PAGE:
ATHENS, Greece (AP) — Clashes broke out during an anti-fascist demonstration in Athens on Wednesday, a week after a fatal stabbing allegedly committed by a supporter of the extreme right-wing Golden Dawn party led to a nationwide crackdown against the group.
About 30 protesters threw firebombs, rocks and bottles at riot police blocking the main avenue in front of Golden Dawn headquarters as a demonstration of several thousand people headed toward it. Police responded with volleys of tear gas and stun grenades.
The killing of anti-fascist rap singer Pavlos Fyssas on Sept. 18 sparked outrage across Greece and has led to scrutiny of the party's activities. The suspect arrested over his death admitted to police that he had stabbed the 34-year-old and identified himself as a member of Golden Dawn, a virulently anti-immigrant party that has seen a massive rise in popularity amid Greece's severe financial crisis.
The party has vehemently denied any role in the killing. Although the suspect has not been officially identified in accordance with Greek law, he has been widely named by Greek media, which has also published photos of him at Golden Dawn events.
"Pavlos is alive, crush the Nazis," the protesters chanted as they set off from the capital's main Syntagma Square, where an earlier anti-fascist concert had been held. In Thessaloniki, Greece's No. 2 city, about 2,000 protesters also heading to local Golden Dawn offices. Greek media said other rallies were also planned in several other cities.
The government ordered an investigation into Golden Dawn's activities after Fyssas' death, with the case being handled by Greece's Supreme Court and anti-terrorist squad under organized crime laws.
Separately, Health Minister Adonis Georgiadis said Wednesday that authorities were also investigating reports that a psychiatrist at Athens' main state psychiatric hospital had been granting certificates for gun licenses to Golden Dawn members without conducting the required tests, and that the psychiatrist had been calling for the military to take up arms against the government.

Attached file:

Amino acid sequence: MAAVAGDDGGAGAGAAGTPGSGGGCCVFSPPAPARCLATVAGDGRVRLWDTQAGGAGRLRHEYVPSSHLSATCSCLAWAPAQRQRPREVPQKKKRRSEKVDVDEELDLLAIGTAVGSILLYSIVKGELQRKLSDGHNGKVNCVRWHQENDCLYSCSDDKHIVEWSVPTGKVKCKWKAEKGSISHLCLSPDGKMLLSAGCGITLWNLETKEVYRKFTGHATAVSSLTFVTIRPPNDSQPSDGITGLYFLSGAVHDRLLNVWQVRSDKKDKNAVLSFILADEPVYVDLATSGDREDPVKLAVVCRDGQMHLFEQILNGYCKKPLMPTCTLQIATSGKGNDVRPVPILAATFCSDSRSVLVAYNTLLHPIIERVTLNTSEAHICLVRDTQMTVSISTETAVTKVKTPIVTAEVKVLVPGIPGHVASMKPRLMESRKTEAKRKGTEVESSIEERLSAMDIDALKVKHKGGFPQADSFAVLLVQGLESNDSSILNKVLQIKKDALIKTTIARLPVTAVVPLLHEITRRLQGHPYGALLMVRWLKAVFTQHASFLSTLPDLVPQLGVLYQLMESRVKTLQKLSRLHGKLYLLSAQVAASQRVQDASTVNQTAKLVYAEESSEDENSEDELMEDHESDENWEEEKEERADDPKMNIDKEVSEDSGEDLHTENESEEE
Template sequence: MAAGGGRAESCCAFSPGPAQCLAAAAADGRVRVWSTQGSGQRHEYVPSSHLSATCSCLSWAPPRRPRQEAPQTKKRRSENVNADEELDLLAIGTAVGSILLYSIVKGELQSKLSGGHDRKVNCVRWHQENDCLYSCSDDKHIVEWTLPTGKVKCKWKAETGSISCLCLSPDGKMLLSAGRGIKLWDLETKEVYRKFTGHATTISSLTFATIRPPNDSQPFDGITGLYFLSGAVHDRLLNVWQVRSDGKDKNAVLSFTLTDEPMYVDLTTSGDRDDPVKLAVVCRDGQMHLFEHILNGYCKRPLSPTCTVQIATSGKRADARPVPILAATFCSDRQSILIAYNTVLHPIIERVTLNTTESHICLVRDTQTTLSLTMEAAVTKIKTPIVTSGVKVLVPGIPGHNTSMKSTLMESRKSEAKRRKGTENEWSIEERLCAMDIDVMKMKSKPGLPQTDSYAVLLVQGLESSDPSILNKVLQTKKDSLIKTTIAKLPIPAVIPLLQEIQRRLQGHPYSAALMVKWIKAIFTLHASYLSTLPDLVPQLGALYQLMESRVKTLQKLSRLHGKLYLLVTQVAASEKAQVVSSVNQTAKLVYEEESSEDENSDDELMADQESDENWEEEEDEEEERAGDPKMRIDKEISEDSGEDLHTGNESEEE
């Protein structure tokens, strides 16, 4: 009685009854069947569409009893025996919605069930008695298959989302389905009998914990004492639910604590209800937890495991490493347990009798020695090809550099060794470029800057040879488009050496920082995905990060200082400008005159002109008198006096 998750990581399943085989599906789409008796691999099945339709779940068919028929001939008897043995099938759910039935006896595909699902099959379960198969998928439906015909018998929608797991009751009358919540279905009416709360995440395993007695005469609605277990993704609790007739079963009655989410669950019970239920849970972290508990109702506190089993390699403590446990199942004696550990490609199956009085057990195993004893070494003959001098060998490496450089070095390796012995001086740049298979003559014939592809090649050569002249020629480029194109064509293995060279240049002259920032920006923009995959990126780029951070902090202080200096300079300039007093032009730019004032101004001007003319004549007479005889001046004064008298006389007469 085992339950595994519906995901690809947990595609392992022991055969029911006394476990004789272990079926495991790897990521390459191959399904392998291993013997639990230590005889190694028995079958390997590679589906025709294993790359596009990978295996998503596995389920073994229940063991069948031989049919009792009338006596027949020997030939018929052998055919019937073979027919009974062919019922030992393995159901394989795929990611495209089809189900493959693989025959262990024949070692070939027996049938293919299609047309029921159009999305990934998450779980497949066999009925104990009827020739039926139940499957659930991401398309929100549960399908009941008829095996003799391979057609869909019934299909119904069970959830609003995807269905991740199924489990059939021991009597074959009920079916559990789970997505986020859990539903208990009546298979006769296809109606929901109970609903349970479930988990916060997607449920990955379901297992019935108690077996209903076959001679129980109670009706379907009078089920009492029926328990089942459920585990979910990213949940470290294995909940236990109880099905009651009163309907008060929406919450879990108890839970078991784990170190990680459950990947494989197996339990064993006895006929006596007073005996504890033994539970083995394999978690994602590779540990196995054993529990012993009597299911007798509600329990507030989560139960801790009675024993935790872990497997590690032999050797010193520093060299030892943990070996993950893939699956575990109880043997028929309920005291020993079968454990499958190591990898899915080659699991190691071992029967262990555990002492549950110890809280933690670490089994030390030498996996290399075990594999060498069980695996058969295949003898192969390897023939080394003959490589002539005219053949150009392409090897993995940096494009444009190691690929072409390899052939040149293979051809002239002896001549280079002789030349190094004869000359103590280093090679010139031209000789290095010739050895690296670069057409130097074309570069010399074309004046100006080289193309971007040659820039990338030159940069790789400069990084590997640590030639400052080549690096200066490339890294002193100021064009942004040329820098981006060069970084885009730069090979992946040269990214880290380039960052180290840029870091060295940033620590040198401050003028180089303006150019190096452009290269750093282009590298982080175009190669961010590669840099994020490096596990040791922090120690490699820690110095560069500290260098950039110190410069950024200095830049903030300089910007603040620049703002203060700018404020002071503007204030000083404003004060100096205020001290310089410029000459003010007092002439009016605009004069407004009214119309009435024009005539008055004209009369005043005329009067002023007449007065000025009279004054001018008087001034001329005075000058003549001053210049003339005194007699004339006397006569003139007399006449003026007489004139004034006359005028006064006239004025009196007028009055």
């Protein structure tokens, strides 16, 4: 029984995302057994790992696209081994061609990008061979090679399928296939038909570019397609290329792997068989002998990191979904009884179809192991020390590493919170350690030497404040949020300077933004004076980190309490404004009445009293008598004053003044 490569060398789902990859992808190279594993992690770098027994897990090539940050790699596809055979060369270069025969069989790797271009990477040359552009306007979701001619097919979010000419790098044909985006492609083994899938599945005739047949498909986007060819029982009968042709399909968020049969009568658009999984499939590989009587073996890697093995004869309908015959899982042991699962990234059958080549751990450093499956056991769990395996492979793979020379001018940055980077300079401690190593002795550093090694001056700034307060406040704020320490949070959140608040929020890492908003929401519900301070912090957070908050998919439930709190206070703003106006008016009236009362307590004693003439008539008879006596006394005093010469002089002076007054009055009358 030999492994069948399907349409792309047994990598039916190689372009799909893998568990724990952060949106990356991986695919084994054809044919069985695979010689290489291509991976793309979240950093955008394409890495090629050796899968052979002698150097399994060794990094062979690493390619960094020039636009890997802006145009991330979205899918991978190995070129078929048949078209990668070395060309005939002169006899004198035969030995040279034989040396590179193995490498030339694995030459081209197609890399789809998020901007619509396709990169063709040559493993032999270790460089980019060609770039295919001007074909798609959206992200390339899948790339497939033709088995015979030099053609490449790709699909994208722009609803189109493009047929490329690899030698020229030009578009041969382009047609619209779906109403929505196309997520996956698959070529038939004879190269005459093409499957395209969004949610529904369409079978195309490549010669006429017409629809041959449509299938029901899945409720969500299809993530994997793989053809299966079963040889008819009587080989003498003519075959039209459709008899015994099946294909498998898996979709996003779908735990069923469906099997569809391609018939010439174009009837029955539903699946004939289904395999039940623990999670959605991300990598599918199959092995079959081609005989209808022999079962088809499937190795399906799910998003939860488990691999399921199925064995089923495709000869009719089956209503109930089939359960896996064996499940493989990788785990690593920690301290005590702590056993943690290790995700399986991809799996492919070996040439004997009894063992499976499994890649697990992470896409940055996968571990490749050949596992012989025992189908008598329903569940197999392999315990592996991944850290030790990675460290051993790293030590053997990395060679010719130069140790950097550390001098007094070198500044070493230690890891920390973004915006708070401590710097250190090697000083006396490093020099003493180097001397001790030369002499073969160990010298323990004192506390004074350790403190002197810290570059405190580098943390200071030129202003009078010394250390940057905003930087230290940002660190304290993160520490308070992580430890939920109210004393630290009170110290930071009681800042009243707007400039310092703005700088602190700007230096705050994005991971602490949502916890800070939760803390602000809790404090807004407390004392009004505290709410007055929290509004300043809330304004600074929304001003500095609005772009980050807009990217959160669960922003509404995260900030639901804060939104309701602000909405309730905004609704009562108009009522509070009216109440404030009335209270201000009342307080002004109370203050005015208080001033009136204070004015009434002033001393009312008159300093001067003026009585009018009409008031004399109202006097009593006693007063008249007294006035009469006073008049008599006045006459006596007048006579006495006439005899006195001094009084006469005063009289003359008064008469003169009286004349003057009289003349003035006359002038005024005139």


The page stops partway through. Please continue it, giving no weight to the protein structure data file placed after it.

The crackdown against Golden Dawn has included raids on party offices and supporters suspected of being involved in attacks.
Police said Wednesday they arrested a 34-year-old in Crete after a raid on his house uncovered a replica gun, a military-style knife and a collapsible metal baton. Golden Dawn membership cards and other paraphernalia with the party logo were also found.
Golden Dawn, whose senior members have expressed admiration for Adolf Hitler although they deny being neo-Nazi, won nearly 7 percent in 2012 general elections and holds 18 seats in the country's 300-member Parliament.
Its members and supporters have frequently been suspected of carrying out violent attacks, mainly against immigrants. The party had appeared to grow bolder in recent weeks, with alleged actions taking on a more political, rather than racist hue. Earlier this month, party supporters were accused of attacking Communist party members putting up posters in a district west of Athens, leaving nine requiring hospital treatment.
Despite its reputation for violence, the party had enjoyed growing popularity as poverty has risen in Greece. But Fyssas' death — the first killing attributed to political motives and allegedly involving the party — appears to have dented its appeal.
Recent opinion polls show drops in popularity in recent days, although it is still the third most popular party in Greece.
A poll conducted by the Alco company for the news website Newsit published Wednesday showed support for Golden Dawn sliding to 6.8 percent after last Wednesday's killing, compared to 10.8 percent in a similar poll in June.
The poll was conducted by telephone interviews of 1,000 people nationwide. It didn't provide a margin of error.
Costas Kantouris in Thessaloniki contributed to this report.